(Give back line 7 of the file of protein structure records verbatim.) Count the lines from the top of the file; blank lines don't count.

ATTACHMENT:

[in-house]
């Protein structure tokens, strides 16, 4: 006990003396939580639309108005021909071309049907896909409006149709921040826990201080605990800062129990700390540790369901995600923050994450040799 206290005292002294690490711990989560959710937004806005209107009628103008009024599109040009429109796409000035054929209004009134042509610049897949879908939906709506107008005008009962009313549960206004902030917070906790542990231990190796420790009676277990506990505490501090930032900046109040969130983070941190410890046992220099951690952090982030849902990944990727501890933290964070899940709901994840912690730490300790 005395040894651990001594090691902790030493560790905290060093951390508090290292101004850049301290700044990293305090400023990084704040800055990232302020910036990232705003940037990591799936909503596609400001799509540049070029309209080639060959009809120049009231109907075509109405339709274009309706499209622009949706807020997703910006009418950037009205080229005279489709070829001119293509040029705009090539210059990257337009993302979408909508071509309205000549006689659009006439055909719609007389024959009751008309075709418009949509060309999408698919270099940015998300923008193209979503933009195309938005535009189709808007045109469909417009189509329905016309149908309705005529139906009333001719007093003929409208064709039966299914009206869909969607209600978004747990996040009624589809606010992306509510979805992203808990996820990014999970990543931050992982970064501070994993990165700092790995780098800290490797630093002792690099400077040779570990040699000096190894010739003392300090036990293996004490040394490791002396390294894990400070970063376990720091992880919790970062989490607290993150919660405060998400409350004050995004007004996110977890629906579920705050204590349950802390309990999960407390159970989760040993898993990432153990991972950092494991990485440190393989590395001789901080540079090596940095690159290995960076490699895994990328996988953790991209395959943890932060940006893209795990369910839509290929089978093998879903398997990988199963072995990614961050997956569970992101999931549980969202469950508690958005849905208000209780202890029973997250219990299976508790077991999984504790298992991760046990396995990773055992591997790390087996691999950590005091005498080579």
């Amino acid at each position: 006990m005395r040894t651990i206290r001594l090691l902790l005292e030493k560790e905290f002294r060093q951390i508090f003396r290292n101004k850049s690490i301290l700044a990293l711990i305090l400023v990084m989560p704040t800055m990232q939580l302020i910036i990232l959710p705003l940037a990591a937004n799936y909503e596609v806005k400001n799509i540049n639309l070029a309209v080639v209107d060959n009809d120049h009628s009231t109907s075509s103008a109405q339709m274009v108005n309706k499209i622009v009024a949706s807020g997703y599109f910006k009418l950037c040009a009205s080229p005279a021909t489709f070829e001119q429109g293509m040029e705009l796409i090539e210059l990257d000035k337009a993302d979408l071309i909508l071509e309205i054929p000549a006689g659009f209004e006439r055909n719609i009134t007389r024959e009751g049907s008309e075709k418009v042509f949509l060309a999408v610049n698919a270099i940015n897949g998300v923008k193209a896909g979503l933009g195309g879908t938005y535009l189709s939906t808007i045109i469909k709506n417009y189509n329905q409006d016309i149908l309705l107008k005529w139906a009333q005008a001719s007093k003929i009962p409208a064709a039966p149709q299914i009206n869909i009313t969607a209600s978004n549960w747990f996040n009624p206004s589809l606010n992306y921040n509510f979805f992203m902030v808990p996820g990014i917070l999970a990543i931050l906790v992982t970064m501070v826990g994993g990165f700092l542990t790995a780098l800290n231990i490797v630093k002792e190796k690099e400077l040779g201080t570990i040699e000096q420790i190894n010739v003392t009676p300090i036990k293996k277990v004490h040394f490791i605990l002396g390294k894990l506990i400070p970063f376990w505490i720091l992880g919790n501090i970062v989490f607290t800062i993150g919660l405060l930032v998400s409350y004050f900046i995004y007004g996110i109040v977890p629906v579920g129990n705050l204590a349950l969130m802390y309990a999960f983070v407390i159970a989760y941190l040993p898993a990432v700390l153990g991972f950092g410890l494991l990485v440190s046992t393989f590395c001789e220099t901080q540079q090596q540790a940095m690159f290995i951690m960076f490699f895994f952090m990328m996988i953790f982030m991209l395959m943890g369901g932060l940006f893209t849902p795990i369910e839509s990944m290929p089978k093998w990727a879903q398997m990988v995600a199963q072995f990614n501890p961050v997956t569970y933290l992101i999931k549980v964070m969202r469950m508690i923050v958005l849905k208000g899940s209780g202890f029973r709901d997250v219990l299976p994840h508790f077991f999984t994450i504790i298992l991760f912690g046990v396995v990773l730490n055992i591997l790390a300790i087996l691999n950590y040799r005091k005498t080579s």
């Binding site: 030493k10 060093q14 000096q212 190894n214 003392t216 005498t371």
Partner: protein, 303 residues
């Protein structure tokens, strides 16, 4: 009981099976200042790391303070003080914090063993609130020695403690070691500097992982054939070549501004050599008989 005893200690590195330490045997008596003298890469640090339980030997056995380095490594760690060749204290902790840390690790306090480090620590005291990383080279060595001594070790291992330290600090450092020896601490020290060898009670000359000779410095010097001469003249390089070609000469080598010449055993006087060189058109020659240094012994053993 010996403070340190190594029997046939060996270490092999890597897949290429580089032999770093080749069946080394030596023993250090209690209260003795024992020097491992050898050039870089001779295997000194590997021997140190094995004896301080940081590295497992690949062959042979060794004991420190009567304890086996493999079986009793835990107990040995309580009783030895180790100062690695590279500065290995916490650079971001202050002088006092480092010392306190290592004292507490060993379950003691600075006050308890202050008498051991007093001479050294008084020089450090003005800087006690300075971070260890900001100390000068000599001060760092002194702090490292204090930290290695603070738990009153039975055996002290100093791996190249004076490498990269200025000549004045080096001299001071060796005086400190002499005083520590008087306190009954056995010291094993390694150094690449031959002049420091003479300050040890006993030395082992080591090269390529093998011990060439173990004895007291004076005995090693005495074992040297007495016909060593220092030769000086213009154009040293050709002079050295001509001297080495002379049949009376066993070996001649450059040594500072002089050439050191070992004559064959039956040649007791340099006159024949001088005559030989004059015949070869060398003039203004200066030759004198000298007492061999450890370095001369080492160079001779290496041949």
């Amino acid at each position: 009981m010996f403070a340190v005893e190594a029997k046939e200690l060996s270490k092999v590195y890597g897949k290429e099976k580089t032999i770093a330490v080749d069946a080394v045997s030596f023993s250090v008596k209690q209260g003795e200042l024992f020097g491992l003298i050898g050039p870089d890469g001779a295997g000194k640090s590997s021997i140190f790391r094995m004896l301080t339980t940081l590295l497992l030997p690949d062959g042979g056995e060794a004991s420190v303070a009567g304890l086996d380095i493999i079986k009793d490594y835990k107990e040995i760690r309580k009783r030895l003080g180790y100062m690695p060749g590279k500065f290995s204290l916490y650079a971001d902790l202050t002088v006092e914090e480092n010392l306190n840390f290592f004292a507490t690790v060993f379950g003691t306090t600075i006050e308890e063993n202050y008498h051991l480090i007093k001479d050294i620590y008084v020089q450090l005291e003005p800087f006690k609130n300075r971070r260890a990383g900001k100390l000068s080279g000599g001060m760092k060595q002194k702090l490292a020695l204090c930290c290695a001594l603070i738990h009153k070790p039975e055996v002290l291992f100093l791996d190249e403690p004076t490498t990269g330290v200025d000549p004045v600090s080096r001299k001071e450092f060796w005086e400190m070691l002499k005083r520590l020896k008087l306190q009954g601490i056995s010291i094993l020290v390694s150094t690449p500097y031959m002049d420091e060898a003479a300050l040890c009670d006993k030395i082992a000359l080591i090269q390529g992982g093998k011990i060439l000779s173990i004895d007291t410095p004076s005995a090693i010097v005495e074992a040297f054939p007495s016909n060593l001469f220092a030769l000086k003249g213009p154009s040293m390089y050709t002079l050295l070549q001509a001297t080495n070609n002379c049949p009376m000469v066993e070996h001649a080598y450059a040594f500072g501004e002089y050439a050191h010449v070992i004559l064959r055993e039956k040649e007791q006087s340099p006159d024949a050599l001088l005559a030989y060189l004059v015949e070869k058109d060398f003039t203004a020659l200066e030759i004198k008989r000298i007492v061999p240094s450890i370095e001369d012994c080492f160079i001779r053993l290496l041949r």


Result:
């Amino acid at each position: 009981m010996f403070a340190v005893e190594a029997k046939e200690l060996s270490k092999v590195y890597g897949k290429e099976k580089t032999i770093a330490v080749d069946a080394v045997s030596f023993s250090v008596k209690q209260g003795e200042l024992f020097g491992l003298i050898g050039p870089d890469g001779a295997g000194k640090s590997s021997i140190f790391r094995m004896l301080t339980t940081l590295l497992l030997p690949d062959g042979g056995e060794a004991s420190v303070a009567g304890l086996d380095i493999i079986k009793d490594y835990k107990e040995i760690r309580k009783r030895l003080g180790y100062m690695p060749g590279k500065f290995s204290l916490y650079a971001d902790l202050t002088v006092e914090e480092n010392l306190n840390f290592f004292a507490t690790v060993f379950g003691t306090t600075i006050e308890e063993n202050y008498h051991l480090i007093k001479d050294i620590y008084v020089q450090l005291e003005p800087f006690k609130n300075r971070r260890a990383g900001k100390l000068s080279g000599g001060m760092k060595q002194k702090l490292a020695l204090c930290c290695a001594l603070i738990h009153k070790p039975e055996v002290l291992f100093l791996d190249e403690p004076t490498t990269g330290v200025d000549p004045v600090s080096r001299k001071e450092f060796w005086e400190m070691l002499k005083r520590l020896k008087l306190q009954g601490i056995s010291i094993l020290v390694s150094t690449p500097y031959m002049d420091e060898a003479a300050l040890c009670d006993k030395i082992a000359l080591i090269q390529g992982g093998k011990i060439l000779s173990i004895d007291t410095p004076s005995a090693i010097v005495e074992a040297f054939p007495s016909n060593l001469f220092a030769l000086k003249g213009p154009s040293m390089y050709t002079l050295l070549q001509a001297t080495n070609n002379c049949p009376m000469v066993e070996h001649a080598y450059a040594f500072g501004e002089y050439a050191h010449v070992i004559l064959r055993e039956k040649e007791q006087s340099p006159d024949a050599l001088l005559a030989y060189l004059v015949e070869k058109d060398f003039t203004a020659l200066e030759i004198k008989r000298i007492v061999p240094s450890i370095e001369d012994c080492f160079i001779r053993l290496l041949r």